The answer is no, not exactly. However, when the right conditions are met, the Internet is becoming a serious force to be reckoned with.
I believe the SOPA/PIPA issue and the Carrier IQ scandal are good examples of issues where the Internet decisively focuses attention and pressure and wins the argument. And I believe the Susan G. Komen for the Cure controversy is not an example of this phenomenon.
First and foremost, the Internet is made out of people. So on any issue that's left or right, liberal or conservative, the Internet won't prove decisive because both sides are using it. They cancel each other out. And this is true of any issue with two sides well represented online.
The most likely issue areas where the Internet can force the outcome in its favor are those involving the Internet itself, or user privacy -- that sort of thing.
Internet users would have been affected directly in their Internet use by SOPA/PIPA, and so there was both intensity and consensus against the bills.
Likewise with Carrier IQ. People broadly oppose being "tracked" or "monitored," and so the overwhelming opinion was strongly in opposition to Carrier IQ.
Both these issues are the kind that normally exist in the shadows of public awareness – obscure legislation and unmentioned, hidden software designed to monitor system performance. Only online influencers are going to hammer away on such issues until everybody gets worked up about it. The mainstream media would, if anything, cover it once and move on to more sensational, salacious or visceral topics.
Another key factor was the fact that politically, neither SOPA/PIPA nor Carrier IQ issues were left-right political issues, with liberals on one side and conservatives on the other. Both supporters and opponents of SOPA and PIPA, for example, were to be found on both sides of the isle.
That the Internet forced the outcomes to the SOPA/PIPA and Carrier IQ issues is clear, given that the mainstream media barely covered these issues in comparison with how ubiquitous coverage was on blogs and social networks.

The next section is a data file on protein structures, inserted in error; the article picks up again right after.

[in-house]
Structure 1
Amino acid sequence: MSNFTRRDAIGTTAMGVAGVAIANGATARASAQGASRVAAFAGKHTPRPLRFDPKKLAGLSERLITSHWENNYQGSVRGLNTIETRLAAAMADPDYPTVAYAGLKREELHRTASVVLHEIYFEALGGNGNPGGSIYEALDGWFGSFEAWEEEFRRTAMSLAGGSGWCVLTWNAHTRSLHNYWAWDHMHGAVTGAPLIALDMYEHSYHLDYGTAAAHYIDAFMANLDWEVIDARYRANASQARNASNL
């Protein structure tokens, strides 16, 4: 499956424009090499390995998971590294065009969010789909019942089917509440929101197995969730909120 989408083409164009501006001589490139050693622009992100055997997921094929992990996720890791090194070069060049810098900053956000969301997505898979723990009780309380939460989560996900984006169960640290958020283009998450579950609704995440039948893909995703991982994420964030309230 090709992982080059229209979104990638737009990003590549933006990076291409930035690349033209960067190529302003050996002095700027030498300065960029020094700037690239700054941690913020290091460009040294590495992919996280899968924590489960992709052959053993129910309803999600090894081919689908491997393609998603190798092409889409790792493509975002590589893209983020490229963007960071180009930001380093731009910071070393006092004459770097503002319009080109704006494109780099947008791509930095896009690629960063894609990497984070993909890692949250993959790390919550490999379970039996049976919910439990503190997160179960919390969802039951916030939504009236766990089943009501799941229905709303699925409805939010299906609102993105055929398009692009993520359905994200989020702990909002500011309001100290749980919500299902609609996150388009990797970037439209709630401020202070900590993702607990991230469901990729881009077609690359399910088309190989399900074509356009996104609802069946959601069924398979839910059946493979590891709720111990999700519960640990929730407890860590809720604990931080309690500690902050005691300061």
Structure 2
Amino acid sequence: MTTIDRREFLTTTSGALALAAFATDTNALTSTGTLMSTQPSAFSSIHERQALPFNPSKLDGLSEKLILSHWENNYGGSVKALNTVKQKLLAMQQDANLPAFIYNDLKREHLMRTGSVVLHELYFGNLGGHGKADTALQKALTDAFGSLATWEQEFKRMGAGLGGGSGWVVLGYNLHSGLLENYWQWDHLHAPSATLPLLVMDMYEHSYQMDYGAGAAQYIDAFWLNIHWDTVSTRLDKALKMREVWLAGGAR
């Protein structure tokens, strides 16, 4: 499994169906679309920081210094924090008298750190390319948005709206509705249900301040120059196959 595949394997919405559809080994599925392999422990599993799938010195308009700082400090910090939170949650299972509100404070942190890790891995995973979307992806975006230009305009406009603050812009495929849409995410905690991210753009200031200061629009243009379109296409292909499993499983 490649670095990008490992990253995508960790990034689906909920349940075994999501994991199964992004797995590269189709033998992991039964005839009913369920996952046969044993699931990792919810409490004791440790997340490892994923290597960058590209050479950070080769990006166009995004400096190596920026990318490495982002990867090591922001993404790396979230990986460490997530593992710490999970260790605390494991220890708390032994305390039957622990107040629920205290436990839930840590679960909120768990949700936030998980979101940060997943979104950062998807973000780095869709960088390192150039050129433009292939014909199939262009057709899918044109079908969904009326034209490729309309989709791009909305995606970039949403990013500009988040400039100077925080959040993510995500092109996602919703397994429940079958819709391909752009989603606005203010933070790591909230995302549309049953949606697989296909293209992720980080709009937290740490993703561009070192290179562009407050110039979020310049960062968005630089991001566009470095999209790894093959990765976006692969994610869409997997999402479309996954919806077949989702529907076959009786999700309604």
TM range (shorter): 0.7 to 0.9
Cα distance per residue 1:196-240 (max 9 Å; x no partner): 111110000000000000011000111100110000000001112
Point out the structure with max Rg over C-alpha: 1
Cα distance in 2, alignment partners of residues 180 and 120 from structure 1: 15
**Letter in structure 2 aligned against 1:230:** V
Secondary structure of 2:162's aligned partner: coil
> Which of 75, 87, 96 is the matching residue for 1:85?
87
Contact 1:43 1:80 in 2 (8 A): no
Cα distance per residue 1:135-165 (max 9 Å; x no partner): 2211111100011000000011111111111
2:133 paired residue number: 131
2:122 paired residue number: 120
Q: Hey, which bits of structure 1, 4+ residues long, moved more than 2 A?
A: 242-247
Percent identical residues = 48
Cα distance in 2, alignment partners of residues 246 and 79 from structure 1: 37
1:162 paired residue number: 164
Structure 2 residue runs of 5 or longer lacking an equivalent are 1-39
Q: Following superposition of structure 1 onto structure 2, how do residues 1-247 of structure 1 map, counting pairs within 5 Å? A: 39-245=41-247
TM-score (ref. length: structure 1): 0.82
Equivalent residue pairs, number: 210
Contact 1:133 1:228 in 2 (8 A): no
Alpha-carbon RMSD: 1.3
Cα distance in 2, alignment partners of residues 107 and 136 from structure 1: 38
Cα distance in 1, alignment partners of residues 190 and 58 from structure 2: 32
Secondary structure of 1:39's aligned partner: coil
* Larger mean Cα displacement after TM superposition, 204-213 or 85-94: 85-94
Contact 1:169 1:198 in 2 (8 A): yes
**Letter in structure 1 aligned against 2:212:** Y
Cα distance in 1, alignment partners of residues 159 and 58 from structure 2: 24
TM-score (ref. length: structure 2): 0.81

The Susan G. Komen for the Cure scandal was different. This was theoretically, at least, a left-right issue. But the particulars of this case would have led to the same outcome with or without the power of the Internet. The TV news channels covered it heavily, as did the newspapers. The Internet merely mirrored what was happening on other media.
So it's clear to me that, within the United States at least, the Internet is narrowly and potentially powerful or even unstoppable, but only in the following conditions:
1. The issue is related to Internet usage or privacy
2. There is a broad consensus on the issue online
3. It's not a left-right political issue
What we don't know is if the same mechanism works internationally. The big test for this is the Anti-Counterfeiting Trade Agreement (ACTA), which is essentially a treaty that has been signed by the US, the European Union, Australia, Canada, Japan, Morocco, New Zealand, Singapore and South Korea. ACTA has been compared with SOPA and PIPA, and is broadly opposed online.
If online opposition to this treaty continues to grow as it has, it's possible that the power of the Internet could help opponents overturn the treaty. We’ll see.
Either way, governments, corporations and other organizations need to be aware that there’s a new sheriff in town. They need to be especially careful when advocating something that hits Internet users directly – or suffer humiliating and sure defeat.